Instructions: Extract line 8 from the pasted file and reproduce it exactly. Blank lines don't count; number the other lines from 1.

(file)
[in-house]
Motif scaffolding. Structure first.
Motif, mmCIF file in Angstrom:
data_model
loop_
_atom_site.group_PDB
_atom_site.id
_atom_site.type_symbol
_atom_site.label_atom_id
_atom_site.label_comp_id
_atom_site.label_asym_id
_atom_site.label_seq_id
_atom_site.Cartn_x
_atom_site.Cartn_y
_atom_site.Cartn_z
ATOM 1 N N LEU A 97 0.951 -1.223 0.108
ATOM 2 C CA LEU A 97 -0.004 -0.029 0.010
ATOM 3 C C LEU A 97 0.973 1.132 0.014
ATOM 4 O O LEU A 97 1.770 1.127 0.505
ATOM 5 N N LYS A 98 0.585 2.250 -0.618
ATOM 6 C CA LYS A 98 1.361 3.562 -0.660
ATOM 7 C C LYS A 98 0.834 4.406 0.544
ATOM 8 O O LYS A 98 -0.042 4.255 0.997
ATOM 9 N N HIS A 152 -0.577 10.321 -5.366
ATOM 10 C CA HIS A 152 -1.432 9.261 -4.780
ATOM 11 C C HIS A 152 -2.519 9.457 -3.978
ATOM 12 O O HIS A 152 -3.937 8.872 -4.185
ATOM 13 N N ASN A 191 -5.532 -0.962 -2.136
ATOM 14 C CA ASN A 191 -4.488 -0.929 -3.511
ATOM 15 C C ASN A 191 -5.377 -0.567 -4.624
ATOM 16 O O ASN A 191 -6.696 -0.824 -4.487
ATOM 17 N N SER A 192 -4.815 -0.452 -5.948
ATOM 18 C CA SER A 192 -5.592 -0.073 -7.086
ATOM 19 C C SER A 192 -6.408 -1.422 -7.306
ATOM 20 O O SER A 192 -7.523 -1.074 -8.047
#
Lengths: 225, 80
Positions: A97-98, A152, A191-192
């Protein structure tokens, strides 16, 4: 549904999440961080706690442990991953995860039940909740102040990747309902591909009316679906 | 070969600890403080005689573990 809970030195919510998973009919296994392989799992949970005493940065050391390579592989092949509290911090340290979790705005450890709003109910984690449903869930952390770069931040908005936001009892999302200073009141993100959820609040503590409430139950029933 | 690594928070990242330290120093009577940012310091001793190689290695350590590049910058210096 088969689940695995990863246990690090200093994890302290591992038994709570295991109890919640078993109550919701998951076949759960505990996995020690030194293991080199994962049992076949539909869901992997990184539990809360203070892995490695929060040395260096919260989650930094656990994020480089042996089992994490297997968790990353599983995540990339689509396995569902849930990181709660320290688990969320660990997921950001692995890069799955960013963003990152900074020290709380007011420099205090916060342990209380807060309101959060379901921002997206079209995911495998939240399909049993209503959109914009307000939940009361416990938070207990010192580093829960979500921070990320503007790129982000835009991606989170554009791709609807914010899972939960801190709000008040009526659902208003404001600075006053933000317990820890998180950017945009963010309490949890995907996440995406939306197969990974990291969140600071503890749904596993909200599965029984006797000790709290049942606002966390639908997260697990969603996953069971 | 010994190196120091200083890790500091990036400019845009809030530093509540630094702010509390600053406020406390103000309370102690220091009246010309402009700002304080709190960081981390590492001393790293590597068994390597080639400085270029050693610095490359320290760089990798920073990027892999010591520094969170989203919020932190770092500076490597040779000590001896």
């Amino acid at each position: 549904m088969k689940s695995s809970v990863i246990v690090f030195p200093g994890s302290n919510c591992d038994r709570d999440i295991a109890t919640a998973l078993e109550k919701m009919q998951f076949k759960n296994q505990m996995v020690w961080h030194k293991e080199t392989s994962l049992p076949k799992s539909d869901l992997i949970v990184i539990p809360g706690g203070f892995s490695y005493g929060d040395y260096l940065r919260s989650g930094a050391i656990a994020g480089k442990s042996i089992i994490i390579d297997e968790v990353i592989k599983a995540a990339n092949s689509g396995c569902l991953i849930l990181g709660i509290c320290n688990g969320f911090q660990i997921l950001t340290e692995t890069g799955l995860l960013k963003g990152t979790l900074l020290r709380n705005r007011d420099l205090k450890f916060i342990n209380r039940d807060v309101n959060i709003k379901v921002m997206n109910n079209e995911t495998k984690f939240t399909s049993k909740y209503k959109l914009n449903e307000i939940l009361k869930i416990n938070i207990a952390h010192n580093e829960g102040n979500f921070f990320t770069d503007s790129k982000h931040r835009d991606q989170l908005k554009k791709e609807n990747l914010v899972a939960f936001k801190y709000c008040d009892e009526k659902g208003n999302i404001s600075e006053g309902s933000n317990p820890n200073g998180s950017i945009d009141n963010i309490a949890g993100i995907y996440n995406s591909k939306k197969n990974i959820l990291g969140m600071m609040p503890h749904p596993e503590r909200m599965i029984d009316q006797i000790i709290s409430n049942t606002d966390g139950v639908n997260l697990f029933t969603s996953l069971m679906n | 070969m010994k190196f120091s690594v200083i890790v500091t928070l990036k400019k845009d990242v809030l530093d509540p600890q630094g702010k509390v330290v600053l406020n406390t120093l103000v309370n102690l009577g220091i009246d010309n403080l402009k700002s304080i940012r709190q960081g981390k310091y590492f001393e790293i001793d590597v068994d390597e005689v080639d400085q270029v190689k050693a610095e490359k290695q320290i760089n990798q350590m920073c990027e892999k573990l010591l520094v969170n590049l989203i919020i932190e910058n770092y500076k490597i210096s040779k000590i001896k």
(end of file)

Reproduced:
_atom_site.type_symbol